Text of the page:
Homeopathy in Intensive Care and Emergency Medicine
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This is a unique work, which documents how homeopathy can achieve predictably successful results in emergencies such as anaphylactic shock, acute abdomen, acute asthma, myocardial infarction of the inferior wall, and oedema of the glottis.
The book contains 145 well-documented case histories, similar to those written by the old American homeopathic clinicians. In each case it is clearly demonstrated how to quickly find the best remedy using straightforward Kentian repertorisation. The results are impressive. The authors show that conventional treatment and homeopathy can perfectly complement each other.
This work offers also a lot of general information on homeopathy like potentisation, source materials used in homeopathic remedies and methods of administration. It also comprises a stringently edited materia medica of the most important 70 remedies for ICU and emergency situations.
Both editors have extensive experience in emergency medicine and homeopathy. Michael Frass is former head of the intensive internal medicine unit at the Medical University of Vienna and Martin Bünder also has long-standing service in rescue and emergency medicine.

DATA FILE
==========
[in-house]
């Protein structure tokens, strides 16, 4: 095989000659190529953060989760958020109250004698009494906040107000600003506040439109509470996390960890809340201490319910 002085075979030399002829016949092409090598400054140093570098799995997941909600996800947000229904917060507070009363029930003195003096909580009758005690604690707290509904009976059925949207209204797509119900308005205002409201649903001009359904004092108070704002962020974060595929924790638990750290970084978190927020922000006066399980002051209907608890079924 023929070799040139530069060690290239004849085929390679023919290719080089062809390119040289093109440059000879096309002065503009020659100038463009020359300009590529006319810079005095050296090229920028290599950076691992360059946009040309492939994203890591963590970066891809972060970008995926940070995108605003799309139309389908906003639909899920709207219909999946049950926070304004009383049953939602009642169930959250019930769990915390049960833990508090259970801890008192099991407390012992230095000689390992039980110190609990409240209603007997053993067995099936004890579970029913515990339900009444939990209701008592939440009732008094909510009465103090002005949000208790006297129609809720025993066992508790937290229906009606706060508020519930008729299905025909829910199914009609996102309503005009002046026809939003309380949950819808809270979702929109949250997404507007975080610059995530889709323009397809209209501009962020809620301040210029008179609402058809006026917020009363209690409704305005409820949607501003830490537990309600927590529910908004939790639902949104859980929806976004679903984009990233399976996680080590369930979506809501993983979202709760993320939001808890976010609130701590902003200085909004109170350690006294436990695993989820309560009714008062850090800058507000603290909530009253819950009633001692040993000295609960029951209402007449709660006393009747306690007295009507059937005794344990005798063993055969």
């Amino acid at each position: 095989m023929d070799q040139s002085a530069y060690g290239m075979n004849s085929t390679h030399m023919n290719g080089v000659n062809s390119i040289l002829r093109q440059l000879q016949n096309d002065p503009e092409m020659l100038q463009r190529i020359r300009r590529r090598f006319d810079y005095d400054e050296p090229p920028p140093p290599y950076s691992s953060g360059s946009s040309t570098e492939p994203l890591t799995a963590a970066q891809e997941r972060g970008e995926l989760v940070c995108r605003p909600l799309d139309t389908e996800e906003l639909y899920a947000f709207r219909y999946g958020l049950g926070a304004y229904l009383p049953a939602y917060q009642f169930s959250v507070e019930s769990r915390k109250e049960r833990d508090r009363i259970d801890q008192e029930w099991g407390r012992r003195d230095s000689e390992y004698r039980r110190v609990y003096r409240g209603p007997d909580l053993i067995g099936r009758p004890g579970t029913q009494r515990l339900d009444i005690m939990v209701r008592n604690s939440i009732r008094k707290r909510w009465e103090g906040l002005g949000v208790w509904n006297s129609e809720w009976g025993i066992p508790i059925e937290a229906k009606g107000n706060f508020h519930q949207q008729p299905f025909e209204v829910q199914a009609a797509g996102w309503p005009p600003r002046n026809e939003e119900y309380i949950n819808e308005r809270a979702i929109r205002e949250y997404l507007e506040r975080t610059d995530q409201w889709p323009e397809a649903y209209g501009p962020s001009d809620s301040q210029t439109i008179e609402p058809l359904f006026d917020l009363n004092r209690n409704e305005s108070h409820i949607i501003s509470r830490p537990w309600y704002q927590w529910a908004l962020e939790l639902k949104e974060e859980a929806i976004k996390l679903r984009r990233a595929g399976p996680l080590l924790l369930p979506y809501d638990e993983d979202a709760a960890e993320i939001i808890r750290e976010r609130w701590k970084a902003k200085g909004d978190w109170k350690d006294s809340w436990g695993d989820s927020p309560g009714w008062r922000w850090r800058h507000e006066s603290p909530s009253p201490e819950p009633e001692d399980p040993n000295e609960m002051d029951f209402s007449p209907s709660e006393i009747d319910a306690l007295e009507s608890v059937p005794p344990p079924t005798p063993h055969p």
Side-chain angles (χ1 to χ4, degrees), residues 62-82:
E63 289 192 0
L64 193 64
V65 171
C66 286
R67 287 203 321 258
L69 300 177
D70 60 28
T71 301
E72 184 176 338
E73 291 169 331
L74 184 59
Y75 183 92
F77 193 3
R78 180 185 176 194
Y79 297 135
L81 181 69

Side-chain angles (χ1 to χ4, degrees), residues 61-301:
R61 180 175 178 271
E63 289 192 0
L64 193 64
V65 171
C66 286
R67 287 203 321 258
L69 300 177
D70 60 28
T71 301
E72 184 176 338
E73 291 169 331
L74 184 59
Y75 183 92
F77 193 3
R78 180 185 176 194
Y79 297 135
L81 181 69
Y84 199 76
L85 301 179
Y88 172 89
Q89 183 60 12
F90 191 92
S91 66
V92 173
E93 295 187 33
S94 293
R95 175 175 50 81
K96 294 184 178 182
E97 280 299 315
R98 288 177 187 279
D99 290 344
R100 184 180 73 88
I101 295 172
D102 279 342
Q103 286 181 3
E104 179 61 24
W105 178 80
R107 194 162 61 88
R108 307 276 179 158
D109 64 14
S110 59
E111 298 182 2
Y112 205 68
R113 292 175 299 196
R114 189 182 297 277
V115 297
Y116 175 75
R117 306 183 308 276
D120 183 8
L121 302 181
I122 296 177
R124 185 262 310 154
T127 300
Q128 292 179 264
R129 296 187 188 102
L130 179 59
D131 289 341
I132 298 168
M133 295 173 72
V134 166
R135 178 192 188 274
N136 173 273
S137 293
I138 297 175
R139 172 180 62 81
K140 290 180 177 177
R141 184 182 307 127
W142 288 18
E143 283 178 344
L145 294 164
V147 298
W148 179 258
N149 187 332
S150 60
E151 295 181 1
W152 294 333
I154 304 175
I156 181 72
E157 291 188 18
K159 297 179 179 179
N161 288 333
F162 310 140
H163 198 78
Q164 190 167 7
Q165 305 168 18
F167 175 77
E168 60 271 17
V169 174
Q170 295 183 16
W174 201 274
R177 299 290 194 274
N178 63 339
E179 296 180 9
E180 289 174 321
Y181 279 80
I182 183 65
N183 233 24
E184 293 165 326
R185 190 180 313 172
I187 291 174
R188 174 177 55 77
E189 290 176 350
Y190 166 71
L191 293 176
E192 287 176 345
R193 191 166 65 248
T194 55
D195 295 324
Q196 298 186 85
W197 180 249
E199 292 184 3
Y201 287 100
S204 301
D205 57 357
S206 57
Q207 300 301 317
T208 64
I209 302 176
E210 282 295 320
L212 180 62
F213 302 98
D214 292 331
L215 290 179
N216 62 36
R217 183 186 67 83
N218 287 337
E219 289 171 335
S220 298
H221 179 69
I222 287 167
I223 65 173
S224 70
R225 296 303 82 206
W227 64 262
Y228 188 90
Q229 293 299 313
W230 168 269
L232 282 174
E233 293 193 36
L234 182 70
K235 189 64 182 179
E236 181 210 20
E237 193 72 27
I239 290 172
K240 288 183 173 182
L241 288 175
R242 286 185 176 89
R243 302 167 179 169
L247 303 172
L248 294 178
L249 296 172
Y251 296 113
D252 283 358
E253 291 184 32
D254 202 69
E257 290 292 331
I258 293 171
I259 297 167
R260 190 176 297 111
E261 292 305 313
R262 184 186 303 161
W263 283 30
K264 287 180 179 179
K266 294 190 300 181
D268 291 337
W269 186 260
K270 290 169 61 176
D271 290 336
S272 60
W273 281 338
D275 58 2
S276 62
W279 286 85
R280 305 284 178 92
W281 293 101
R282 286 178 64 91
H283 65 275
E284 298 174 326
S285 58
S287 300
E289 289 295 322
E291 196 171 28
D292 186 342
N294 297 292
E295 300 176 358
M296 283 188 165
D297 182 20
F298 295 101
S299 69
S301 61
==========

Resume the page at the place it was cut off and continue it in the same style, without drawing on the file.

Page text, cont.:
“At first glance the idea that homeopathy can help in intensive care and emergency medicine seems far-fetched, since we normally associate an intensive care ward with high-tech equipment rather than gentle remedies. So it is all the more surprising to see how sensitively authors Michael Frass and Martin Bündner deal with this controversial field, which is often a matter of life or
death. Their main focus is on integration.
What stands out here is the high-class presentation of case-related detail, including repertorisation and remedy selection as well as evaluation and criticism of each case. The treatment section remains exceptionally clear, guaranteeing the practical usefulness of the high-quality scientific information in this book. This book is to be recommended not just to homeopaths but also to doctors working in a conventional clinical setting who have so far only used orthodox medical techniques.”
Review by the Karl and Veronica Carstens Foundation, Germany